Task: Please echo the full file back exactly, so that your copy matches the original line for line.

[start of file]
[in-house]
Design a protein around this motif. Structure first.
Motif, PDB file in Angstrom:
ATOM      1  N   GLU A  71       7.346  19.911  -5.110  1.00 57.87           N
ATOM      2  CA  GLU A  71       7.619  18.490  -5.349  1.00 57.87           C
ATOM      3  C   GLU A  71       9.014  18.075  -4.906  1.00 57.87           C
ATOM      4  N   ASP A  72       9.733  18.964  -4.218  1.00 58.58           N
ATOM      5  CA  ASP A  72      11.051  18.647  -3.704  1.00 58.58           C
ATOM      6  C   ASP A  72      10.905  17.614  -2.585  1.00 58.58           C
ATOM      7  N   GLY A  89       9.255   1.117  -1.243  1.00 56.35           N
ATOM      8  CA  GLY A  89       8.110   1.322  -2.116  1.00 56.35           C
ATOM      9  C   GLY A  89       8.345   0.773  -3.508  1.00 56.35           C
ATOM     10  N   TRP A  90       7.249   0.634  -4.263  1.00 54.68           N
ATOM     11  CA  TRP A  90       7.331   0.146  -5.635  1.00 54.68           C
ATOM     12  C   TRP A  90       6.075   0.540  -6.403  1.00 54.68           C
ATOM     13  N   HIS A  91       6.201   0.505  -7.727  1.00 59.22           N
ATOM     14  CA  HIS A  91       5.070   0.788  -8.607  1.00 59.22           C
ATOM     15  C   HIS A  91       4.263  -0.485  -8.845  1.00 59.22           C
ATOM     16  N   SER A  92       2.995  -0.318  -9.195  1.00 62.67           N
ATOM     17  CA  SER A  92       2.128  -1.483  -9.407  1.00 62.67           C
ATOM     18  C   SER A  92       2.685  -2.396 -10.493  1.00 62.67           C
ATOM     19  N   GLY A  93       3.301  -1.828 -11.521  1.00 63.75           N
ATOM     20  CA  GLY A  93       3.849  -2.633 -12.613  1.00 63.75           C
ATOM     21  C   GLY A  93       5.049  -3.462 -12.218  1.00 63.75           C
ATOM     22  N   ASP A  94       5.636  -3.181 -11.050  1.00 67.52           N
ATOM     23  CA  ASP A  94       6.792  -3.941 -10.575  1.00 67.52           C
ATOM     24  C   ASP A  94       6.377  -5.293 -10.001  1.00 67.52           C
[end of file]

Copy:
[in-house]
Design a protein around this motif. Structure first.
Motif, PDB file in Angstrom:
ATOM      1  N   GLU A  71       7.346  19.911  -5.110  1.00 57.87           N
ATOM      2  CA  GLU A  71       7.619  18.490  -5.349  1.00 57.87           C
ATOM      3  C   GLU A  71       9.014  18.075  -4.906  1.00 57.87           C
ATOM      4  N   ASP A  72       9.733  18.964  -4.218  1.00 58.58           N
ATOM      5  CA  ASP A  72      11.051  18.647  -3.704  1.00 58.58           C
ATOM      6  C   ASP A  72      10.905  17.614  -2.585  1.00 58.58           C
ATOM      7  N   GLY A  89       9.255   1.117  -1.243  1.00 56.35           N
ATOM      8  CA  GLY A  89       8.110   1.322  -2.116  1.00 56.35           C
ATOM      9  C   GLY A  89       8.345   0.773  -3.508  1.00 56.35           C
ATOM     10  N   TRP A  90       7.249   0.634  -4.263  1.00 54.68           N
ATOM     11  CA  TRP A  90       7.331   0.146  -5.635  1.00 54.68           C
ATOM     12  C   TRP A  90       6.075   0.540  -6.403  1.00 54.68           C
ATOM     13  N   HIS A  91       6.201   0.505  -7.727  1.00 59.22           N
ATOM     14  CA  HIS A  91       5.070   0.788  -8.607  1.00 59.22           C
ATOM     15  C   HIS A  91       4.263  -0.485  -8.845  1.00 59.22           C
ATOM     16  N   SER A  92       2.995  -0.318  -9.195  1.00 62.67           N
ATOM     17  CA  SER A  92       2.128  -1.483  -9.407  1.00 62.67           C
ATOM     18  C   SER A  92       2.685  -2.396 -10.493  1.00 62.67           C
ATOM     19  N   GLY A  93       3.301  -1.828 -11.521  1.00 63.75           N
ATOM     20  CA  GLY A  93       3.849  -2.633 -12.613  1.00 63.75           C
ATOM     21  C   GLY A  93       5.049  -3.462 -12.218  1.00 63.75           C
ATOM     22  N   ASP A  94       5.636  -3.181 -11.050  1.00 67.52           N
ATOM     23  CA  ASP A  94       6.792  -3.941 -10.575  1.00 67.52           C
ATOM     24  C   ASP A  94       6.377  -5.293 -10.001  1.00 67.52           C